Members of Arkansas' congressional delegation say the U.S. Army is withdrawing, for now, its proposal to eliminate Arkansas State University's ROTC program.
U.S. Senators Mark Pryor and John Boozman made the announcement Wednesday with U.S. Rep. Rick Crawford, whose district includes ASU. The lawmakers said the Army will keep the program open for an additional year while it re-evaluates its program criteria.
The Army announced last month that it was ending ASU's ROTC program.
The announcement came less than a week after Pryor announced he would hold up a Department of Defense nominee until ASU received answers about the decision to close the ROTC program. The three lawmakers praised the Army's decision and said they hoped the 77-year-old program would be kept after its re-evaluation.
The three lawmakers praised the Army's decision and said they hoped the 77-year-old program would be kept after its re-evaluation.
In a statement, Sen. Pryor said:
Thanks to numerous phone calls, community support, and an Administration hold, we were able to keep A-State ROTC’s doors open for another year. Now, we have the opportunity to prove our case and show the Army why this program is invaluable to our state and nation. This was definitely a team effort, and I want to thank Senator Boozman and Congressman Crawford for working with me to help maintain this critical program.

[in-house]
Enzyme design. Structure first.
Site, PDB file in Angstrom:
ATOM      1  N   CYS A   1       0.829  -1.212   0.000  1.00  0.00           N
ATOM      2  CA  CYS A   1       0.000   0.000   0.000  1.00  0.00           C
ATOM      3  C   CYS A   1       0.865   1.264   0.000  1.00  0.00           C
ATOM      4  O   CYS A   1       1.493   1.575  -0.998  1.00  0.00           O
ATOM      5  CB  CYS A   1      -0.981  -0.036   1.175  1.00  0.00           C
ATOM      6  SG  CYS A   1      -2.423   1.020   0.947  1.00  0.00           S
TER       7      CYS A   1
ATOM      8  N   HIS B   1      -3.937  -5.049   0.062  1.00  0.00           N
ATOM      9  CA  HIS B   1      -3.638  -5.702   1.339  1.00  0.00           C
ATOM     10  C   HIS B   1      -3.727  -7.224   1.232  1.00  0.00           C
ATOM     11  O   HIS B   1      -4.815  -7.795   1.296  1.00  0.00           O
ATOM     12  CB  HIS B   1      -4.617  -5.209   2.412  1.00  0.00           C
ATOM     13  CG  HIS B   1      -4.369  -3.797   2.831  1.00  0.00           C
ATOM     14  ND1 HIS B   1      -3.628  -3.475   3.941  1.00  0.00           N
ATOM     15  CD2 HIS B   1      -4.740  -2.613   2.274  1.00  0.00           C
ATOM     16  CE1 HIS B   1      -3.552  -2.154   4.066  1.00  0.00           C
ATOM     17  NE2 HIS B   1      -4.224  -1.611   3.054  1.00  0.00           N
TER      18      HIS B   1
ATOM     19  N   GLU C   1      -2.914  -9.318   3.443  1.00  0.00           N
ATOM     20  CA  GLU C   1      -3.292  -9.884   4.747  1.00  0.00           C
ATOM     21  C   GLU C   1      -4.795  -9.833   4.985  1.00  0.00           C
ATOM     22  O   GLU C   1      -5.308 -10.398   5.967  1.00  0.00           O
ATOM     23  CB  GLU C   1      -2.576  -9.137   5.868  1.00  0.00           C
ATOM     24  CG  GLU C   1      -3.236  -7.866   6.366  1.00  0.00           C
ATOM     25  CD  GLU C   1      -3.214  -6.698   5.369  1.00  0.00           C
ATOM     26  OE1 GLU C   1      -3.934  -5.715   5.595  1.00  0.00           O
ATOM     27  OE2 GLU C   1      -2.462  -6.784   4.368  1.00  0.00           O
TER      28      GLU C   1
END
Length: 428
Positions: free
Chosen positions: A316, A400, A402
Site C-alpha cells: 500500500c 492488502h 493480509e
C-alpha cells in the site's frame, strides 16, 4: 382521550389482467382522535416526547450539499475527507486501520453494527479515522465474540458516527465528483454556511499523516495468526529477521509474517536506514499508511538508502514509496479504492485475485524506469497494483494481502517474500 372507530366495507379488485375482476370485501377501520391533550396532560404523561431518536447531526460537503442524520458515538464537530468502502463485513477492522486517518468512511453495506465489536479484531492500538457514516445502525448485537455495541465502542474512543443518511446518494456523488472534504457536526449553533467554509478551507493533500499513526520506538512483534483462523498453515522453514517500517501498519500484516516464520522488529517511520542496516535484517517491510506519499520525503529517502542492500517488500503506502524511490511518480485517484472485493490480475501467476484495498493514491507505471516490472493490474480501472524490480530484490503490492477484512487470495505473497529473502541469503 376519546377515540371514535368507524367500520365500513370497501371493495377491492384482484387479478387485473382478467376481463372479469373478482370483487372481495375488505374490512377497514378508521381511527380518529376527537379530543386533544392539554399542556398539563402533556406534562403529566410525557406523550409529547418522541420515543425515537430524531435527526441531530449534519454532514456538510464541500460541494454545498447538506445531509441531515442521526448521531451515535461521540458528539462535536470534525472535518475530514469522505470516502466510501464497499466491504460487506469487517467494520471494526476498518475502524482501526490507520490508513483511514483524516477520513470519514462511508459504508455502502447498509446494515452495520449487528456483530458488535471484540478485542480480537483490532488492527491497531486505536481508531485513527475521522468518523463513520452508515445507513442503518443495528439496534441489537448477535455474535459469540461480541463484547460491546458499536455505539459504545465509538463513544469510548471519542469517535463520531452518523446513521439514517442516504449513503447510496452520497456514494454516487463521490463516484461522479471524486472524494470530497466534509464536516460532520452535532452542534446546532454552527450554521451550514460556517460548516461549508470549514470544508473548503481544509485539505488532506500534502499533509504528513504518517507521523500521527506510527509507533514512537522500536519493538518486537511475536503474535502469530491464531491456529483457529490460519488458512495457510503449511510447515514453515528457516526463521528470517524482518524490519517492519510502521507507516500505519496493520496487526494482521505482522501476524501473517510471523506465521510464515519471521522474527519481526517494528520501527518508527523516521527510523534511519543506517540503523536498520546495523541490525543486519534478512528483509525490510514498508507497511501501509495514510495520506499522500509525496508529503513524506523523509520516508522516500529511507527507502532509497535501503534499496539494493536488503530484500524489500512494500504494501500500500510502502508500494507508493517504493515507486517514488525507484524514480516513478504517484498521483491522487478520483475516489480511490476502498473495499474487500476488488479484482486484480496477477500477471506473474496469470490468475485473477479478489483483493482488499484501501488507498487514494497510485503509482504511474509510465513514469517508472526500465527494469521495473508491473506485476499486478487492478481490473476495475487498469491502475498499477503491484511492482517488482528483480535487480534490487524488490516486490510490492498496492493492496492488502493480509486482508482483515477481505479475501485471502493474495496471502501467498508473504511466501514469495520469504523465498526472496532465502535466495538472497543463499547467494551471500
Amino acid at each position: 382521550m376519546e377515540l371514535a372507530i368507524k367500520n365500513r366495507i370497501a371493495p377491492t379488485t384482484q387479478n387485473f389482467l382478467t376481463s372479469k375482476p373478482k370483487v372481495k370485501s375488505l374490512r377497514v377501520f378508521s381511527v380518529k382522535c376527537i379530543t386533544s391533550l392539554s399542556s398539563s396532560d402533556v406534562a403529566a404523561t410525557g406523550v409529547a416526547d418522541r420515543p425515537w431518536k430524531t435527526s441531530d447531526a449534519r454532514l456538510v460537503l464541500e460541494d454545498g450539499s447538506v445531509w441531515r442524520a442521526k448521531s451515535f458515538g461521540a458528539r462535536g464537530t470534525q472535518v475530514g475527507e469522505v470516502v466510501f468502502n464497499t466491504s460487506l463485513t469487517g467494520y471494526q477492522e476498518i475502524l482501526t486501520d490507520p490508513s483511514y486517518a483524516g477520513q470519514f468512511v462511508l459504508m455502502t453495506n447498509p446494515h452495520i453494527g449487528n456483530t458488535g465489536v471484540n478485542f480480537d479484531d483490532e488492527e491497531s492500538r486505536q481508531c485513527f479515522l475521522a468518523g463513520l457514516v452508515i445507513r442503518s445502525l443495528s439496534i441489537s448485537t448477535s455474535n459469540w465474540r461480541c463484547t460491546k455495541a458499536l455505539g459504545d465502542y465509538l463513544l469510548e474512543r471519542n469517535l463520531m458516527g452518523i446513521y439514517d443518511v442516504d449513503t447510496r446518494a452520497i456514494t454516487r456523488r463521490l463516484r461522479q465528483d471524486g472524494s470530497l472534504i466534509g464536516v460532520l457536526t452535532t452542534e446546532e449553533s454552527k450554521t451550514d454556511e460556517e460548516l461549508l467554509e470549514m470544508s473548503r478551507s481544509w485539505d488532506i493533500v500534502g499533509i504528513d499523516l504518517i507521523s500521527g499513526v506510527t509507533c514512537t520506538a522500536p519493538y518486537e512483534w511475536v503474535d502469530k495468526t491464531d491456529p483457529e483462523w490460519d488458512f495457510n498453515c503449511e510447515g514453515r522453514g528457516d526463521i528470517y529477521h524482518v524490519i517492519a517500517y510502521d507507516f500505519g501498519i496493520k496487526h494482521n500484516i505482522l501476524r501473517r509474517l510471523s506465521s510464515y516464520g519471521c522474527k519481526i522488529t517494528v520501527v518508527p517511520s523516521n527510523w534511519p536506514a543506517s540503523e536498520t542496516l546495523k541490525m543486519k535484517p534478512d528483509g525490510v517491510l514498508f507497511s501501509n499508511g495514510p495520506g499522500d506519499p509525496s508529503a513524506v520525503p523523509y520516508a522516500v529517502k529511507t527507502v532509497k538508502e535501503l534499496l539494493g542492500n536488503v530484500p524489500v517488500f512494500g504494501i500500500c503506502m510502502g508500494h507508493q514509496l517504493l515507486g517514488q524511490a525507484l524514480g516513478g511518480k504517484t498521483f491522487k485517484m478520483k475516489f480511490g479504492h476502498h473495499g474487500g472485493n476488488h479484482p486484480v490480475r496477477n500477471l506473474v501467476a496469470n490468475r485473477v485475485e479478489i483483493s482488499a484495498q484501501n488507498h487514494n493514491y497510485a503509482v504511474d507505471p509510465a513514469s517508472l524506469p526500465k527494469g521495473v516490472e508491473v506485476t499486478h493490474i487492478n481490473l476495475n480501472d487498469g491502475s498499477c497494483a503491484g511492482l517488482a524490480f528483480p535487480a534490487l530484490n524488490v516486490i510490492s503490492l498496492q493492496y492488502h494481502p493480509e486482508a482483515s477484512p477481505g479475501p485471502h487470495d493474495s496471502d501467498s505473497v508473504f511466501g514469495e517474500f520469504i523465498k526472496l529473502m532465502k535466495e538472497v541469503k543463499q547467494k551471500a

Senator Boozman said:
The decision to continue the Arkansas State ROTC program offers an opportunity to demonstrate its value and meet the criteria established by the Army. I am confident that once we understand the evaluation methodology, Arkansas State will be able to excel and surpass the Army’s requirements. I appreciate Secretary McHugh’s swift attention to this issue as the delegation works to protect this vital program.
Rep. Crawford said:
I am extremely pleased to receive word from the Secretary of the Army that he has delayed the Army’s decision to shutter Arkansas State’s historic and successful ROTC program. This initial action was conducted without proper input from local leaders, lacking opportunity for congressional oversight, and most importantly without a clear rationale explaining the program’s announced closure. Arkansas has spoken loud and clear that this program is an important part of our community, and I am proud to have worked with our two Arkansas Senators to reach this result. As an Army veteran and A-State alumni, I thank the Secretary for making the right decision and look forward to working with him in the future to preserve this valuable program for generations of A-State students.
The Associated Press.